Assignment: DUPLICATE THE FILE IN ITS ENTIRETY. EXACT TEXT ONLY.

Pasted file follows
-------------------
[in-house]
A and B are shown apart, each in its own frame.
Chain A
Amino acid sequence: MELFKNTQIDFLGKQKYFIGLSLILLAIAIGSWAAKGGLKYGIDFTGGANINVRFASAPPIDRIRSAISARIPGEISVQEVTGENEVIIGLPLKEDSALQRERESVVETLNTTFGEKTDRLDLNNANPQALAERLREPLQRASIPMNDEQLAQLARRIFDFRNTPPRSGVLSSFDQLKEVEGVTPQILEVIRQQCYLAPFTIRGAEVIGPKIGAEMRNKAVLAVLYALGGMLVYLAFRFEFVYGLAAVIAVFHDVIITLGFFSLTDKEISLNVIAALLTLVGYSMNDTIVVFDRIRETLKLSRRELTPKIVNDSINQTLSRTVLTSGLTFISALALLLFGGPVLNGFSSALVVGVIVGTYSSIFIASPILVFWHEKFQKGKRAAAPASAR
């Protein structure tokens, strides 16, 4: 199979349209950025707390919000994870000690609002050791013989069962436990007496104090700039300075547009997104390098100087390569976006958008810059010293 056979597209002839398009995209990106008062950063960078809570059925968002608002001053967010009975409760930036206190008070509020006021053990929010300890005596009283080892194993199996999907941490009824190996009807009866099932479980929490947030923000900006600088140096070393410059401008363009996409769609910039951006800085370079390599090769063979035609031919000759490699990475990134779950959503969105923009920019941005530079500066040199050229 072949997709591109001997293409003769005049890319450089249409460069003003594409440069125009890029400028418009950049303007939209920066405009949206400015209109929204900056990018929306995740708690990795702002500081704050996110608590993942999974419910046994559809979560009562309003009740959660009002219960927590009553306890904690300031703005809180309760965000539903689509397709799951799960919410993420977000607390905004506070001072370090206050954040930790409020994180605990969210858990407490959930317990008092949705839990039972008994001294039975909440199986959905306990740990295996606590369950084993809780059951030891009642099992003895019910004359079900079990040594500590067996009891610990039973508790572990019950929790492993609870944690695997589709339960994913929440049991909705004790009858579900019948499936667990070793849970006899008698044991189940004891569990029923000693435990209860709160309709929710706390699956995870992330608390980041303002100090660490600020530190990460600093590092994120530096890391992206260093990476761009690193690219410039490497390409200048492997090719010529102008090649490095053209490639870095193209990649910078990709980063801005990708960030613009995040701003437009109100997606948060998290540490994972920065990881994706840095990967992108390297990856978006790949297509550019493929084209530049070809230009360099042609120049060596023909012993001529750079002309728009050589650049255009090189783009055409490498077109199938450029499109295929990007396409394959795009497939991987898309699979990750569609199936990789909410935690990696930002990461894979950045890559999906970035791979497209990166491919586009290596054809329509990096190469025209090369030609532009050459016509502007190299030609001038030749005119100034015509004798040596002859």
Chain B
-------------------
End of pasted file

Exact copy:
[in-house]
A and B are shown apart, each in its own frame.
Chain A
Amino acid sequence: MELFKNTQIDFLGKQKYFIGLSLILLAIAIGSWAAKGGLKYGIDFTGGANINVRFASAPPIDRIRSAISARIPGEISVQEVTGENEVIIGLPLKEDSALQRERESVVETLNTTFGEKTDRLDLNNANPQALAERLREPLQRASIPMNDEQLAQLARRIFDFRNTPPRSGVLSSFDQLKEVEGVTPQILEVIRQQCYLAPFTIRGAEVIGPKIGAEMRNKAVLAVLYALGGMLVYLAFRFEFVYGLAAVIAVFHDVIITLGFFSLTDKEISLNVIAALLTLVGYSMNDTIVVFDRIRETLKLSRRELTPKIVNDSINQTLSRTVLTSGLTFISALALLLFGGPVLNGFSSALVVGVIVGTYSSIFIASPILVFWHEKFQKGKRAAAPASAR
């Protein structure tokens, strides 16, 4: 199979349209950025707390919000994870000690609002050791013989069962436990007496104090700039300075547009997104390098100087390569976006958008810059010293 056979597209002839398009995209990106008062950063960078809570059925968002608002001053967010009975409760930036206190008070509020006021053990929010300890005596009283080892194993199996999907941490009824190996009807009866099932479980929490947030923000900006600088140096070393410059401008363009996409769609910039951006800085370079390599090769063979035609031919000759490699990475990134779950959503969105923009920019941005530079500066040199050229 072949997709591109001997293409003769005049890319450089249409460069003003594409440069125009890029400028418009950049303007939209920066405009949206400015209109929204900056990018929306995740708690990795702002500081704050996110608590993942999974419910046994559809979560009562309003009740959660009002219960927590009553306890904690300031703005809180309760965000539903689509397709799951799960919410993420977000607390905004506070001072370090206050954040930790409020994180605990969210858990407490959930317990008092949705839990039972008994001294039975909440199986959905306990740990295996606590369950084993809780059951030891009642099992003895019910004359079900079990040594500590067996009891610990039973508790572990019950929790492993609870944690695997589709339960994913929440049991909705004790009858579900019948499936667990070793849970006899008698044991189940004891569990029923000693435990209860709160309709929710706390699956995870992330608390980041303002100090660490600020530190990460600093590092994120530096890391992206260093990476761009690193690219410039490497390409200048492997090719010529102008090649490095053209490639870095193209990649910078990709980063801005990708960030613009995040701003437009109100997606948060998290540490994972920065990881994706840095990967992108390297990856978006790949297509550019493929084209530049070809230009360099042609120049060596023909012993001529750079002309728009050589650049255009090189783009055409490498077109199938450029499109295929990007396409394959795009497939991987898309699979990750569609199936990789909410935690990696930002990461894979950045890559999906970035791979497209990166491919586009290596054809329509990096190469025209090369030609532009050459016509502007190299030609001038030749005119100034015509004798040596002859």
Chain B